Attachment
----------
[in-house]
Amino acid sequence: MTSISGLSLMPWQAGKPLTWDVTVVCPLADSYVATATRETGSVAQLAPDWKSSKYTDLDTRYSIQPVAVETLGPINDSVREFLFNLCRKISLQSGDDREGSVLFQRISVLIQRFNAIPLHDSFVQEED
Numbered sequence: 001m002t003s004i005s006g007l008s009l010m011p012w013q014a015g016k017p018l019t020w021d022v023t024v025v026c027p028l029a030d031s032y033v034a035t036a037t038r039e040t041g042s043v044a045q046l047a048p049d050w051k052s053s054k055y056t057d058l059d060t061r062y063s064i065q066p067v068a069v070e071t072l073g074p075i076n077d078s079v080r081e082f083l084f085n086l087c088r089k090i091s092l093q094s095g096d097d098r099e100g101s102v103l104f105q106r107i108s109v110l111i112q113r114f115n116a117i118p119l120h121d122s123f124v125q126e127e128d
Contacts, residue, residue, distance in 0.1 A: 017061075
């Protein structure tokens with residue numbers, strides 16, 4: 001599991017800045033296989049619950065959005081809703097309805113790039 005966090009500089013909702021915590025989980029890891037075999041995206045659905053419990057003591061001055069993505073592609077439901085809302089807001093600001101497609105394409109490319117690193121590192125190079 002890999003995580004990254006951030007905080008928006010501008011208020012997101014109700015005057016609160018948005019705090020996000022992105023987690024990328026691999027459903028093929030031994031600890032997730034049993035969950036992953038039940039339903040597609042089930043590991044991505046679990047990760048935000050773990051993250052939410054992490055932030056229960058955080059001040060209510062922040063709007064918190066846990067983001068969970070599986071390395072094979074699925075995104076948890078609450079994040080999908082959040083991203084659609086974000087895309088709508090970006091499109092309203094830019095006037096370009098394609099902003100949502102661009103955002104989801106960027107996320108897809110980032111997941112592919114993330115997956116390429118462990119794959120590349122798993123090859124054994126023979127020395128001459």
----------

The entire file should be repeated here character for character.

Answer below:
[in-house]
Amino acid sequence: MTSISGLSLMPWQAGKPLTWDVTVVCPLADSYVATATRETGSVAQLAPDWKSSKYTDLDTRYSIQPVAVETLGPINDSVREFLFNLCRKISLQSGDDREGSVLFQRISVLIQRFNAIPLHDSFVQEED
Numbered sequence: 001m002t003s004i005s006g007l008s009l010m011p012w013q014a015g016k017p018l019t020w021d022v023t024v025v026c027p028l029a030d031s032y033v034a035t036a037t038r039e040t041g042s043v044a045q046l047a048p049d050w051k052s053s054k055y056t057d058l059d060t061r062y063s064i065q066p067v068a069v070e071t072l073g074p075i076n077d078s079v080r081e082f083l084f085n086l087c088r089k090i091s092l093q094s095g096d097d098r099e100g101s102v103l104f105q106r107i108s109v110l111i112q113r114f115n116a117i118p119l120h121d122s123f124v125q126e127e128d
Contacts, residue, residue, distance in 0.1 A: 017061075
């Protein structure tokens with residue numbers, strides 16, 4: 001599991017800045033296989049619950065959005081809703097309805113790039 005966090009500089013909702021915590025989980029890891037075999041995206045659905053419990057003591061001055069993505073592609077439901085809302089807001093600001101497609105394409109490319117690193121590192125190079 002890999003995580004990254006951030007905080008928006010501008011208020012997101014109700015005057016609160018948005019705090020996000022992105023987690024990328026691999027459903028093929030031994031600890032997730034049993035969950036992953038039940039339903040597609042089930043590991044991505046679990047990760048935000050773990051993250052939410054992490055932030056229960058955080059001040060209510062922040063709007064918190066846990067983001068969970070599986071390395072094979074699925075995104076948890078609450079994040080999908082959040083991203084659609086974000087895309088709508090970006091499109092309203094830019095006037096370009098394609099902003100949502102661009103955002104989801106960027107996320108897809110980032111997941112592919114993330115997956116390429118462990119794959120590349122798993123090859124054994126023979127020395128001459």